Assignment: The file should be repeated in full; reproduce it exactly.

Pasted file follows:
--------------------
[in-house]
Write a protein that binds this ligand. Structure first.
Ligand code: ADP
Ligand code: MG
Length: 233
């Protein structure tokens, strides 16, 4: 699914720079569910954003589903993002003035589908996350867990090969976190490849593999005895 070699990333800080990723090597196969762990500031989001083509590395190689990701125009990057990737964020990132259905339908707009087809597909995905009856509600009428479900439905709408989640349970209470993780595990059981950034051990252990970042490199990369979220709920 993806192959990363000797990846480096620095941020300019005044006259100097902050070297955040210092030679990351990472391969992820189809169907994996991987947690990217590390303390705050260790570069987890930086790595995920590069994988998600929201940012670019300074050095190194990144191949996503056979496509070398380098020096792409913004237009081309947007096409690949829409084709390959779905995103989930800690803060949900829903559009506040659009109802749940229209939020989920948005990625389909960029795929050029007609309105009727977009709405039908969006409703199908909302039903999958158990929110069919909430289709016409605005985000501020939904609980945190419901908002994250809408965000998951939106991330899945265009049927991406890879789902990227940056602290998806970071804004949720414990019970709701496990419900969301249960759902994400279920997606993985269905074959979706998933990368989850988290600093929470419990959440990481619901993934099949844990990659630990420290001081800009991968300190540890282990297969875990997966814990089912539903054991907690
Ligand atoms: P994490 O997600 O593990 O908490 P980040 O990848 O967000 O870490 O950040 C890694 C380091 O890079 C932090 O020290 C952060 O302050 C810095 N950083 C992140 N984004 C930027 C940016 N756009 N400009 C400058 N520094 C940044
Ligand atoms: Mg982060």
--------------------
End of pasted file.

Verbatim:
[in-house]
Write a protein that binds this ligand. Structure first.
Ligand code: ADP
Ligand code: MG
Length: 233
């Protein structure tokens, strides 16, 4: 699914720079569910954003589903993002003035589908996350867990090969976190490849593999005895 070699990333800080990723090597196969762990500031989001083509590395190689990701125009990057990737964020990132259905339908707009087809597909995905009856509600009428479900439905709408989640349970209470993780595990059981950034051990252990970042490199990369979220709920 993806192959990363000797990846480096620095941020300019005044006259100097902050070297955040210092030679990351990472391969992820189809169907994996991987947690990217590390303390705050260790570069987890930086790595995920590069994988998600929201940012670019300074050095190194990144191949996503056979496509070398380098020096792409913004237009081309947007096409690949829409084709390959779905995103989930800690803060949900829903559009506040659009109802749940229209939020989920948005990625389909960029795929050029007609309105009727977009709405039908969006409703199908909302039903999958158990929110069919909430289709016409605005985000501020939904609980945190419901908002994250809408965000998951939106991330899945265009049927991406890879789902990227940056602290998806970071804004949720414990019970709701496990419900969301249960759902994400279920997606993985269905074959979706998933990368989850988290600093929470419990959440990481619901993934099949844990990659630990420290001081800009991968300190540890282990297969875990997966814990089912539903054991907690
Ligand atoms: P994490 O997600 O593990 O908490 P980040 O990848 O967000 O870490 O950040 C890694 C380091 O890079 C932090 O020290 C952060 O302050 C810095 N950083 C992140 N984004 C930027 C940016 N756009 N400009 C400058 N520094 C940044
Ligand atoms: Mg982060």